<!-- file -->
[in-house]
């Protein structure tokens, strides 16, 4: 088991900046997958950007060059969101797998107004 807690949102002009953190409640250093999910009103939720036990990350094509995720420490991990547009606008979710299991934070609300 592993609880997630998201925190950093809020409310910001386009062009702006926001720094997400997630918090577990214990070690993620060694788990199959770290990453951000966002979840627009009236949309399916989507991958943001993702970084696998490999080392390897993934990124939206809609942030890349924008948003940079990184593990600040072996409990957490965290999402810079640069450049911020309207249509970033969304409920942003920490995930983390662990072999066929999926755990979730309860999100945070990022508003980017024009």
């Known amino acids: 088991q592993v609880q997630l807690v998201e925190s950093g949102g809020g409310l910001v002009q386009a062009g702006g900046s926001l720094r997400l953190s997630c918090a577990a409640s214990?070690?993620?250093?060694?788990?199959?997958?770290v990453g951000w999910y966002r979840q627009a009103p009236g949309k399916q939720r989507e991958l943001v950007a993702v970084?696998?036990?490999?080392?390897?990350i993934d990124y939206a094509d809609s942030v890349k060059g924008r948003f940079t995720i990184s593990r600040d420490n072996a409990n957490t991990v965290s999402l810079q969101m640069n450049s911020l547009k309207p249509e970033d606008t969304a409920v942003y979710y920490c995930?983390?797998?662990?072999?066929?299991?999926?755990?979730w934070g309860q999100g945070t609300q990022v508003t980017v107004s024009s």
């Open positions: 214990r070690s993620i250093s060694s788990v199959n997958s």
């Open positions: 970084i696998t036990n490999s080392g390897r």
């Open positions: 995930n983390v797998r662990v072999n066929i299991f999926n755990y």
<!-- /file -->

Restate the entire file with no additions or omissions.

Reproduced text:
[in-house]
């Protein structure tokens, strides 16, 4: 088991900046997958950007060059969101797998107004 807690949102002009953190409640250093999910009103939720036990990350094509995720420490991990547009606008979710299991934070609300 592993609880997630998201925190950093809020409310910001386009062009702006926001720094997400997630918090577990214990070690993620060694788990199959770290990453951000966002979840627009009236949309399916989507991958943001993702970084696998490999080392390897993934990124939206809609942030890349924008948003940079990184593990600040072996409990957490965290999402810079640069450049911020309207249509970033969304409920942003920490995930983390662990072999066929999926755990979730309860999100945070990022508003980017024009």
């Known amino acids: 088991q592993v609880q997630l807690v998201e925190s950093g949102g809020g409310l910001v002009q386009a062009g702006g900046s926001l720094r997400l953190s997630c918090a577990a409640s214990?070690?993620?250093?060694?788990?199959?997958?770290v990453g951000w999910y966002r979840q627009a009103p009236g949309k399916q939720r989507e991958l943001v950007a993702v970084?696998?036990?490999?080392?390897?990350i993934d990124y939206a094509d809609s942030v890349k060059g924008r948003f940079t995720i990184s593990r600040d420490n072996a409990n957490t991990v965290s999402l810079q969101m640069n450049s911020l547009k309207p249509e970033d606008t969304a409920v942003y979710y920490c995930?983390?797998?662990?072999?066929?299991?999926?755990?979730w934070g309860q999100g945070t609300q990022v508003t980017v107004s024009s």
């Open positions: 214990r070690s993620i250093s060694s788990v199959n997958s």
């Open positions: 970084i696998t036990n490999s080392g390897r």
């Open positions: 995930n983390v797998r662990v072999n066929i299991f999926n755990y």